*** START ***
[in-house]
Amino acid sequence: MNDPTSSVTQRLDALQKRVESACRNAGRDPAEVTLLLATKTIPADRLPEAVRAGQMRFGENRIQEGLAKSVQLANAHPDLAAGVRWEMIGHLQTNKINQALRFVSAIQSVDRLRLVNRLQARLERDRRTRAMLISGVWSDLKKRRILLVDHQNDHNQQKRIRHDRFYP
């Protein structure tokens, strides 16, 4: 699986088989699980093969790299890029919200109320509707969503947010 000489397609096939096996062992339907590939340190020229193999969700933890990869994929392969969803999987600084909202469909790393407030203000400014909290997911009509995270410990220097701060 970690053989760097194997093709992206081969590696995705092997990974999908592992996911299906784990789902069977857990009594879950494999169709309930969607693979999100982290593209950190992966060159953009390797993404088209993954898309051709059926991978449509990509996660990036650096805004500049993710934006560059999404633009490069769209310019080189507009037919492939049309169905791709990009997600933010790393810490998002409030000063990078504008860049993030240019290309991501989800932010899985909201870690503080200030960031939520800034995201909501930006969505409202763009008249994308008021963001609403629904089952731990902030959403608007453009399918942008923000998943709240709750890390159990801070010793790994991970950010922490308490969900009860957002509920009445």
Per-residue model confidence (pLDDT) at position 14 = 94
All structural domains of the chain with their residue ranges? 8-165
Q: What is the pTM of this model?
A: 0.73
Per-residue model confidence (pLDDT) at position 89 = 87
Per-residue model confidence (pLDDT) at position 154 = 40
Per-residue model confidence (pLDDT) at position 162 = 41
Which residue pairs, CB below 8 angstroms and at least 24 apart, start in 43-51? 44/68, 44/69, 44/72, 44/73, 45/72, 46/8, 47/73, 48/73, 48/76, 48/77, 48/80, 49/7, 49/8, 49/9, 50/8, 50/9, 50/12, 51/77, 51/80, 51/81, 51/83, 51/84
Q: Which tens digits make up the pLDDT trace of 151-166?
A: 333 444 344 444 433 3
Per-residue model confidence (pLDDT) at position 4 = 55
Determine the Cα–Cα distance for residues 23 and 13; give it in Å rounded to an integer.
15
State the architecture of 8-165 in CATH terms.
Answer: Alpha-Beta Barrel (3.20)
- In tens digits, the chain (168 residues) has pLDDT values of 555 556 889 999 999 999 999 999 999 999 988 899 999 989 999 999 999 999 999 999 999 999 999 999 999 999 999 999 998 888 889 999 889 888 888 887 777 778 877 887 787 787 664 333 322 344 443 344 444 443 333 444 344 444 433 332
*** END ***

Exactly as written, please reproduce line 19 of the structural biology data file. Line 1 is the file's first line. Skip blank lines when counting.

- In tens digits, the chain (168 residues) has pLDDT values of 555 556 889 999 999 999 999 999 999 999 988 899 999 989 999 999 999 999 999 999 999 999 999 999 999 999 999 999 998 888 889 999 889 888 888 887 777 778 877 887 787 787 664 333 322 344 443 344 444 443 333 444 344 444 433 332